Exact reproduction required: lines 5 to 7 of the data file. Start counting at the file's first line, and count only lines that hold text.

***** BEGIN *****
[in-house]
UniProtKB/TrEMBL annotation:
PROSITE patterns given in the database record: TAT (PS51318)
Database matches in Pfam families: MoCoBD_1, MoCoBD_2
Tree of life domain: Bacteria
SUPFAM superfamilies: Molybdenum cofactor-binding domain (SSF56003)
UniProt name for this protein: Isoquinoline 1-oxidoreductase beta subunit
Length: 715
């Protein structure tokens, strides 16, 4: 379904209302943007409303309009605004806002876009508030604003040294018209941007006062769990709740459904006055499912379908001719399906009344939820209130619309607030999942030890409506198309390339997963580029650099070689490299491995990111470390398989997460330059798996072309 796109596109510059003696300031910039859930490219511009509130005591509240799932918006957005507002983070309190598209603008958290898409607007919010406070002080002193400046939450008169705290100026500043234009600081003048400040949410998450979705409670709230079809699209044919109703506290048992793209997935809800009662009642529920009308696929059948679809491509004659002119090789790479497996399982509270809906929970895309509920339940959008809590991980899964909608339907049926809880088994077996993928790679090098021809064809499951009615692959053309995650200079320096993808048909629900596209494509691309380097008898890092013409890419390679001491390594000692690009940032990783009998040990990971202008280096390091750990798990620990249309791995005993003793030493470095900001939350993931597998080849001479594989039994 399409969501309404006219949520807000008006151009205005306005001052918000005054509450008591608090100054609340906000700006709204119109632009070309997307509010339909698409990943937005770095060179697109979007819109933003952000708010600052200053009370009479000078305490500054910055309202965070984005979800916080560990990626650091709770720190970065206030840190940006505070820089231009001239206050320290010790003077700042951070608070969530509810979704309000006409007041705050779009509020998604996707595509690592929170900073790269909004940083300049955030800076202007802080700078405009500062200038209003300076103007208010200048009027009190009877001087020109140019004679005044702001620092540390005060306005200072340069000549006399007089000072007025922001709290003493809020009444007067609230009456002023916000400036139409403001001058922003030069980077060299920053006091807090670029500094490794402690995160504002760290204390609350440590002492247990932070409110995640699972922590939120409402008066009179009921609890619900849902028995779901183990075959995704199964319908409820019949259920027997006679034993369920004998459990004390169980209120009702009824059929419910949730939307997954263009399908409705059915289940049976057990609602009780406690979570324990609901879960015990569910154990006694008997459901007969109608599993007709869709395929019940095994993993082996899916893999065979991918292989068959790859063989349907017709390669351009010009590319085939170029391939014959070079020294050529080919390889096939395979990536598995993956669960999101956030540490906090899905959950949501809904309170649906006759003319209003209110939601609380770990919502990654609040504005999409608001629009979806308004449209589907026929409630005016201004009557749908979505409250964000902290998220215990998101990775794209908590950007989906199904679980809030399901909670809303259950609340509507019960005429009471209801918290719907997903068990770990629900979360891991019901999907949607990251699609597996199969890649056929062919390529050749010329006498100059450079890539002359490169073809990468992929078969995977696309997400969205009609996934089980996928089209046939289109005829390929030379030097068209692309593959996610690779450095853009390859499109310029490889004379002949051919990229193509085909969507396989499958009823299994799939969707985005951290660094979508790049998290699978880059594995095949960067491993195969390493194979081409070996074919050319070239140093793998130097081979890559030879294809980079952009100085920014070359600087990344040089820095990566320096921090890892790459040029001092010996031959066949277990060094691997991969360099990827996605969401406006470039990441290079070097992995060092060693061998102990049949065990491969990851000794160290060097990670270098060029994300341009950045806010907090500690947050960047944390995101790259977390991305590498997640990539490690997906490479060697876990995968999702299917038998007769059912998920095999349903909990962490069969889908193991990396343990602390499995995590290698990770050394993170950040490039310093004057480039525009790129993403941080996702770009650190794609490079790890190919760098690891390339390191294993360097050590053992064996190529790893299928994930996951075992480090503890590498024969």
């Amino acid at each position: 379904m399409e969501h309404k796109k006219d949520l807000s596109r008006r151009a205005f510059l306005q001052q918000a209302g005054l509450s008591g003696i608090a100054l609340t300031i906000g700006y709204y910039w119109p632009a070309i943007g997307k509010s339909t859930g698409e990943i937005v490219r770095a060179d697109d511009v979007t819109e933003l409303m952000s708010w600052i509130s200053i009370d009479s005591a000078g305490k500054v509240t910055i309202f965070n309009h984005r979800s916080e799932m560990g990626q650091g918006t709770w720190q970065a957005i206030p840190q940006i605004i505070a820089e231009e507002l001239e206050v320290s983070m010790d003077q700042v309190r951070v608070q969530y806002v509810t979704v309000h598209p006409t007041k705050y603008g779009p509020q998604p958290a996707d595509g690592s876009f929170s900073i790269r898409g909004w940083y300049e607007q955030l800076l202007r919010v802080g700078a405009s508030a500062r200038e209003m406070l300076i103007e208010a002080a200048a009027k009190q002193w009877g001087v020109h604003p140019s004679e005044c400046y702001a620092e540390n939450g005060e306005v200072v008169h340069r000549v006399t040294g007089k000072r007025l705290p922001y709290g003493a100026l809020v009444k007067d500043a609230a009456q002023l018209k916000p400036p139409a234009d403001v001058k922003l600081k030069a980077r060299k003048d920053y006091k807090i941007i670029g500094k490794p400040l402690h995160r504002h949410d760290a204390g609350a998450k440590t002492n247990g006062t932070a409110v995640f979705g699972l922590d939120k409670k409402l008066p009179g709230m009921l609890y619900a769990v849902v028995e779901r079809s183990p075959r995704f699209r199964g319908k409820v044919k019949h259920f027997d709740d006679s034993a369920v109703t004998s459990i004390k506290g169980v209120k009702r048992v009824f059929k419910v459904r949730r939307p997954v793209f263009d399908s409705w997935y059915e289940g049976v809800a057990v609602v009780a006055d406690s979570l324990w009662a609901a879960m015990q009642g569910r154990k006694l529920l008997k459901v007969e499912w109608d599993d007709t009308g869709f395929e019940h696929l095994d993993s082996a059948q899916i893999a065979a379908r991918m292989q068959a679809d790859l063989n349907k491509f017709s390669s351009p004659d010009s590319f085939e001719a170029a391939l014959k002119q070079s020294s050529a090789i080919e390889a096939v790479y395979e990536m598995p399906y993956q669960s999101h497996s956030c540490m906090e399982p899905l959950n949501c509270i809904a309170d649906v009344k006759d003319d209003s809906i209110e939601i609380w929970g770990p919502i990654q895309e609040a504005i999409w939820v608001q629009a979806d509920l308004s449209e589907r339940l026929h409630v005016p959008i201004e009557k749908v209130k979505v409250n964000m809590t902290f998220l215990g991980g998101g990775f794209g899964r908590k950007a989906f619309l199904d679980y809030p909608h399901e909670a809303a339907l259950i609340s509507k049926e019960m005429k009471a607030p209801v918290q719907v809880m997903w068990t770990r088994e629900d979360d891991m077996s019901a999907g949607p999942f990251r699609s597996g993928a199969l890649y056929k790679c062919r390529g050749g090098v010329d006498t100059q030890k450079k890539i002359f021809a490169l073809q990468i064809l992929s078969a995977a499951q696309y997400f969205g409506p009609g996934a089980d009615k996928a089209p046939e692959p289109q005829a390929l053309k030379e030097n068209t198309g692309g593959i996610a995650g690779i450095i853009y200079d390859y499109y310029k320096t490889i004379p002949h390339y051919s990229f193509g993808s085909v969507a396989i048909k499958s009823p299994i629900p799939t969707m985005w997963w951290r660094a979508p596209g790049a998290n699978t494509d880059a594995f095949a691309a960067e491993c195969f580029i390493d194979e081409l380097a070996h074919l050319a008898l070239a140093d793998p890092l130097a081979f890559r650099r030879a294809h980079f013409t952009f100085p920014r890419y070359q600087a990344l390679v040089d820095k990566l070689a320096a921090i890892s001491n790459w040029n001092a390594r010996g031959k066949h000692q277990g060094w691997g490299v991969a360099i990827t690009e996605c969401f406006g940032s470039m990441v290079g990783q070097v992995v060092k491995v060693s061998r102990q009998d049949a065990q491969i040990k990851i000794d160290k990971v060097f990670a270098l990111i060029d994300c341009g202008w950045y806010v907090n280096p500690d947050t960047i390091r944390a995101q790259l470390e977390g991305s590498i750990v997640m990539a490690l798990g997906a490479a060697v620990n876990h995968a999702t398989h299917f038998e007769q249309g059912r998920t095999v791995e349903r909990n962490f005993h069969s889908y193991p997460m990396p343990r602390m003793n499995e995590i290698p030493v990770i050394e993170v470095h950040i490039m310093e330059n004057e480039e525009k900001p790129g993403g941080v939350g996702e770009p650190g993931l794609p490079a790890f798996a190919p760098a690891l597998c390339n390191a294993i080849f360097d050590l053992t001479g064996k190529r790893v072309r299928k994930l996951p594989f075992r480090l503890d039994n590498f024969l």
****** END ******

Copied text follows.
Tree of life domain: Bacteria
SUPFAM superfamilies: Molybdenum cofactor-binding domain (SSF56003)
UniProt name for this protein: Isoquinoline 1-oxidoreductase beta subunit